Top 10 Keys to My Success: 9 of Which Are Available To You
by Weldon Johnson Spring 2000 Editor’s note in 2013: This piece which was written in the website’s earliest days. 1) A Great Coach I’ve got the best coach in the world in John Kellogg and the #1 mistake people make is in not training properly. 2) A training partner Granted most training partners will not […]
by Weldon Johnson
Editor’s note in 2013: This piece which was written in the website’s earliest days.
1) A Great Coach
I’ve got the best coach in the world in John Kellogg and the #1 mistake people make is in not training properly.
2) A training partner
Granted most training partners will not be as self-sacrificing as my twin brother, Robert, was as he totally rearranged nearly all of his hard runs to help me. But running with a partner or a group of people, can not only help you physically push yourself in your workouts, but it keeps you mentally fresh, by focusing on someone else besides yourself
3) Higher mileage
I have been increasing my mileage over the years, and finally pushed the envelope a bit this year. The key to running higher mileage is to do it intelligent slowly, increasing over the years. Now a days the focus of many people is on getting more out of less mileage. I feel this is just symbolic of our culture today – constantly looking for shortcuts.
4) Recovery between hard runs, and long days.
I run very slow on my recover days to ensure that I recover, after my long runs and between my hard days. Each run has it’s own purpose and when you understand the purpose of your easy days is to recover and start treating them as such, you’ll see better results.
5) Running on softer surfaces. (See the article on trail running)
Go and drop a golf ball on the pavement. Watch it bounce. Now go drop it in the grass. Get the picture. Now imagine that the golf ball is your legs. Running on softer surfaces, not only can improve your ankle dexterity, but it will help you be less injury prone.
6) Eating Carbos After Runs
Now, every time after I run, I eat something with carbohydrates within 30 minutes of finishing. After working out, our muscles are deprived of sugars, and recovery can be enhanced if these carbohydrates are quickly replaced. So treat yourself to an ice cream cone!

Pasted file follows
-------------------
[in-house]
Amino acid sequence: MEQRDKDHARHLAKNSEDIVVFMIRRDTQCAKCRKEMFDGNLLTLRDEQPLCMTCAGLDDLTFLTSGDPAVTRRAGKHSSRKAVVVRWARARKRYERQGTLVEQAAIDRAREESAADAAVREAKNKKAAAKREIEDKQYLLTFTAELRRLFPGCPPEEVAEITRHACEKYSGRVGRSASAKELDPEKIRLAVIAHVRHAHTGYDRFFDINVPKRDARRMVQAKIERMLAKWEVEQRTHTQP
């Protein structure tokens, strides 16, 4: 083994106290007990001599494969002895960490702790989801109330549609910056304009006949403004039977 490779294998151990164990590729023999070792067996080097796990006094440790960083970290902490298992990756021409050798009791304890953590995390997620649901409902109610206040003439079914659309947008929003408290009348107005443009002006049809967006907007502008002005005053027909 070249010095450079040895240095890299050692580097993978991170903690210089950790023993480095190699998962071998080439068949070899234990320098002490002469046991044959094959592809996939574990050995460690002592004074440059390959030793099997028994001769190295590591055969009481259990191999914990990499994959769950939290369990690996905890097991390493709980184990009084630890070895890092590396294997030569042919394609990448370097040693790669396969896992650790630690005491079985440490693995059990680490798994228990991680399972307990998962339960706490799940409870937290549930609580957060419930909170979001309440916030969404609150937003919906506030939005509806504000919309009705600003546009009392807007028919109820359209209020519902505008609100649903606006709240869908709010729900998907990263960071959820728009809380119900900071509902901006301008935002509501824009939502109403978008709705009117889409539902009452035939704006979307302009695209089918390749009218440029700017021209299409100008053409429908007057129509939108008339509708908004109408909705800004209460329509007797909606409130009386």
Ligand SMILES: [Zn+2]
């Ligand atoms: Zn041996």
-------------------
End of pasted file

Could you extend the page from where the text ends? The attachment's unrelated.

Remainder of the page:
7) Stay hydrated-drinking during runs
You’ll rarely see me without a water bottle nearby. It is important not only to stay hydrated during runs (ie using water bottles on your longer runs), but also between runs.
8) Getting more sleep at night
As a society, we all try to cram too much into our days. Just remember more isn’t always better. So start going to bed earlier, and getting at least 8 hours of sleep a night. Personally, I can not run well at all on anything less.
9) Taking care of injuries.
Be aware of your body. If something is bothering you, take care of it. Whether that means icing it after runs or seeing a doctor, do what you have to do. Also, you have to know when something is serious enough that you can’t run on it. Nearly everyday for 7 years, I’d ice a part of my body after running. Now thanks to trail running, that is rarely necessary.
10) High – low training (granted you can’t do this one, but I don’t think it’s the key to my success)
I’m sure people will make a big deal of my high-low training, but I’m not sure how high I’d rate it on the list. I think moving to altitude to train was most important in the fact that I realized I was making a major commitment and started doing more of the things listed in 1-9 above.
Be sure to email me your comments or suggestions.
Weldon Johnson ran 4:28 for 1600 and 9:35 for 3200 in HS. After walking on to the team at Yale University, where he never finished higher than fifth in the Ivy League in the 10,000 and had a 30:13 personal best (pb), Weldon improved dramatically after college under the guidance of John Kellogg. He improved his 10,000 pb to 28:06 and twice finished forth in the country professionally in the 10,000. He represented the United States in competition at both the World Half Marathon championships and Pan-American Games. For a complete bio, click here.